Wisconsin voters go to the polls today for the first of six recall elections prompted by Gov. Scott Walker's controversial collective bargaining law—and interest is so high, some local officials predict "presidential-election level turnout," reports Politico. Campaign finance records have been shattered as outside interest groups on both sides have poured more than $30 million in, which comes shockingly close to the $37 million total spent last year on the governor's race. The Christian Science Monitor notes that a total of $35 million to $40 million, including candidate spending, is expected to be racked up when all is said and done. Last year, just $3.75 million was spent on state Assembly and state Senate elections, notes the Washington Post.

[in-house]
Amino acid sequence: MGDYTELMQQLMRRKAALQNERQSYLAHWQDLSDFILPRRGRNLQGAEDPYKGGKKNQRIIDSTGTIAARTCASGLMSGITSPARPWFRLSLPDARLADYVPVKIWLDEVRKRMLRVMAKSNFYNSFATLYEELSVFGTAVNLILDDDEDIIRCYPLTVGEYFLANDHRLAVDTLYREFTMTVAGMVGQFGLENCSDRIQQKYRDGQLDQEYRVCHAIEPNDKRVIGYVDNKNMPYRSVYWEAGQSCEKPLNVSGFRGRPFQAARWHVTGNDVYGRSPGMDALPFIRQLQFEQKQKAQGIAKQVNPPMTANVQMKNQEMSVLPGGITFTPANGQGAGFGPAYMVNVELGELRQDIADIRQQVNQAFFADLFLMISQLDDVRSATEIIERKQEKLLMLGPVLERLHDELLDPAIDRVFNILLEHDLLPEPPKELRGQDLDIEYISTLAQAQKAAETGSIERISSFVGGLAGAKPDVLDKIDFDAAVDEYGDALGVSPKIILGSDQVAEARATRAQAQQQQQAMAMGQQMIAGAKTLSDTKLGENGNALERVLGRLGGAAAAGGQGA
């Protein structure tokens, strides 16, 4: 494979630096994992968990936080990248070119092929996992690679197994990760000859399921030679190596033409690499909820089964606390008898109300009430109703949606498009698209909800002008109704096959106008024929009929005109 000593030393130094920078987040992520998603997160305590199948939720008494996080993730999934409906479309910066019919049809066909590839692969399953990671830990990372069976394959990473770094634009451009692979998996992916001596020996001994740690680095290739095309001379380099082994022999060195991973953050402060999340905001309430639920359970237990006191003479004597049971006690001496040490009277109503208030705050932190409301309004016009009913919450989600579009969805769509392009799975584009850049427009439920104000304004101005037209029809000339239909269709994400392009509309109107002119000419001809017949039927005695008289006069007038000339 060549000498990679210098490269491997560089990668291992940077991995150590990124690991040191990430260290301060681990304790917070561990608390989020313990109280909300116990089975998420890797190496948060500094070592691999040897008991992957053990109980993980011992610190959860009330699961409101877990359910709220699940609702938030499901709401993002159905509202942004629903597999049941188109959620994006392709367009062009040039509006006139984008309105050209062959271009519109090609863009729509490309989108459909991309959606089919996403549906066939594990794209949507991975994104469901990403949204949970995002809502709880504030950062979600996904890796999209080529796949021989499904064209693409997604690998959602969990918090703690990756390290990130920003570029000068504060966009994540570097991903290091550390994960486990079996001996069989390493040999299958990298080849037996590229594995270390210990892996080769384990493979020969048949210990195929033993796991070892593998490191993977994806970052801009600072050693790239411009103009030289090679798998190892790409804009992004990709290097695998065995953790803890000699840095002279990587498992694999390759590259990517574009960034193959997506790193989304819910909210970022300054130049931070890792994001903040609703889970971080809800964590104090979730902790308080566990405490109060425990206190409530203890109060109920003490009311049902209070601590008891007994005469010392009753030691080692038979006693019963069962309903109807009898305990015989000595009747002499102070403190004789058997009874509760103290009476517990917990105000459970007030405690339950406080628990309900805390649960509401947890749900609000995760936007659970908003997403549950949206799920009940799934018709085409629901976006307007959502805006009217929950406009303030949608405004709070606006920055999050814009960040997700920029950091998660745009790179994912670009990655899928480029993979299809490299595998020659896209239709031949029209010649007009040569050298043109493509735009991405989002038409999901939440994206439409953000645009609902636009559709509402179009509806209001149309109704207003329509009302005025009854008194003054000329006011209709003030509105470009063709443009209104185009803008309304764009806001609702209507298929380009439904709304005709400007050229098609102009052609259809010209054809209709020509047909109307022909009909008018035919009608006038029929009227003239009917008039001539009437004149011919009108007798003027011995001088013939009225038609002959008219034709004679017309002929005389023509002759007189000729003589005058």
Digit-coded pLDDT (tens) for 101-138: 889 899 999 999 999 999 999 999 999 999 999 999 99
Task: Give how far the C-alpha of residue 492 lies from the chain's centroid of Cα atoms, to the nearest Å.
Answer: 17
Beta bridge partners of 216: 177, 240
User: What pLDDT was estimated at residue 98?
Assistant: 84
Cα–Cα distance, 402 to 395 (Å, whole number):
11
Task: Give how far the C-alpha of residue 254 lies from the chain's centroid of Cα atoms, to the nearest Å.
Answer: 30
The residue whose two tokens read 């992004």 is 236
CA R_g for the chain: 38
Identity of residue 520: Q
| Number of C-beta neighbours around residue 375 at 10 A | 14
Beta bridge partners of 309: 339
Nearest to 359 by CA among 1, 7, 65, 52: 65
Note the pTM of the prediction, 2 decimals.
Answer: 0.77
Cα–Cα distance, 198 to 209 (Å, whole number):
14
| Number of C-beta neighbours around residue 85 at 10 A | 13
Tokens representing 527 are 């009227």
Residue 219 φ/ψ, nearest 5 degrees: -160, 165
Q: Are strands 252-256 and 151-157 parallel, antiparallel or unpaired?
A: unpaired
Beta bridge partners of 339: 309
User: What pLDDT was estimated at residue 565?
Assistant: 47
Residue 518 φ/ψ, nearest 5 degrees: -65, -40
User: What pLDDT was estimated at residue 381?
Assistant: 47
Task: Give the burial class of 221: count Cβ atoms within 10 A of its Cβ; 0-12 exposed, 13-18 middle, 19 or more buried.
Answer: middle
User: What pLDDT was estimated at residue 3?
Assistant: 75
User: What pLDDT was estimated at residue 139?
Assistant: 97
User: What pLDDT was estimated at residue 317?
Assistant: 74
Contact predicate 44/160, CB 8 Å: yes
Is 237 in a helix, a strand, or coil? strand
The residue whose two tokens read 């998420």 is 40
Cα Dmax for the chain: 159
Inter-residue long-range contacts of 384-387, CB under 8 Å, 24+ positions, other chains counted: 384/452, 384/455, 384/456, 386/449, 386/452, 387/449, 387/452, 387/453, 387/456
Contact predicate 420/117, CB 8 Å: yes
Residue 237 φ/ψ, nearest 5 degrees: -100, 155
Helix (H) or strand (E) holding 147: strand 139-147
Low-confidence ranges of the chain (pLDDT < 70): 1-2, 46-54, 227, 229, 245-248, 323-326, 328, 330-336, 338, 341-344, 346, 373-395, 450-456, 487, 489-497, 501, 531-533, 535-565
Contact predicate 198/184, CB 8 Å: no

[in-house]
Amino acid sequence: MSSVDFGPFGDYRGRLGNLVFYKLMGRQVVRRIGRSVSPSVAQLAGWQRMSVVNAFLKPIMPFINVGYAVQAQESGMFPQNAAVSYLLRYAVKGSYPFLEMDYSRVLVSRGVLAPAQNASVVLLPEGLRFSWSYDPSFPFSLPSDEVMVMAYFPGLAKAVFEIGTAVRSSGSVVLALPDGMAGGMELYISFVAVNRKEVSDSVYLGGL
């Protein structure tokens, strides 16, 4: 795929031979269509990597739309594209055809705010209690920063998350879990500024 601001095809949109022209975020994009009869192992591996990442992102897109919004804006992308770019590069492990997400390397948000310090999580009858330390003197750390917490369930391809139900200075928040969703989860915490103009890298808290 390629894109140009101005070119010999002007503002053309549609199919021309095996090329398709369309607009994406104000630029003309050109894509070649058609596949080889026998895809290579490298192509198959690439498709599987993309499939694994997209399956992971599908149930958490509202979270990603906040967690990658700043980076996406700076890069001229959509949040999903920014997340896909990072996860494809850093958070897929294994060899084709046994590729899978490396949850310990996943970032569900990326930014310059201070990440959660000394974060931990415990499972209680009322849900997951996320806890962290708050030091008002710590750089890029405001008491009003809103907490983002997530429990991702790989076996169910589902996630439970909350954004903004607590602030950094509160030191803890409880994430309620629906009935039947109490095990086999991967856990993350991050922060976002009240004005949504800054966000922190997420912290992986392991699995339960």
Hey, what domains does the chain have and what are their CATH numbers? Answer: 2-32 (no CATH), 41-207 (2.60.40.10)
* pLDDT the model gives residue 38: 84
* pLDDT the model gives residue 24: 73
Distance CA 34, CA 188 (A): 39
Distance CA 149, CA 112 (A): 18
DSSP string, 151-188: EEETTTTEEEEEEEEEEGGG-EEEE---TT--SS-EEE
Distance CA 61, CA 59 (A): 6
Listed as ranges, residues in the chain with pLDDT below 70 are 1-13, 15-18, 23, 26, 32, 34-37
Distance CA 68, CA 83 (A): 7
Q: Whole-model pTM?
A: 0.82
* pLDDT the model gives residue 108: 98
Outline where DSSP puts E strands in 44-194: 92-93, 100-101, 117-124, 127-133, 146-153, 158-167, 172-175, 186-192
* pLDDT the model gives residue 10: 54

Why? Because, as one state senator's rep explains, "These recalls will have a ripple effect across the entire nation." Six Republicans face recall today, and two Democrats next week. Though the Democrats have a chance to win control of the state Senate, that would be an "almost entirely symbolic" victory since Republicans would still control the Assembly and the governor's mansion, a political scientist explains. Even so, a victory for the Democrats would be a stinging rebuke of the GOP agenda—which includes the collective bargaining law as well as tax cuts, education aid, and Medicaid cuts, and voter ID restrictions—and could lead to a recall effort against Walker himself. A Republican victory, on the other hand, could invigorate the Tea Party. Many see this as the first big contest of the 2012 election, since many other states, as well as the federal government, are fighting similar battles.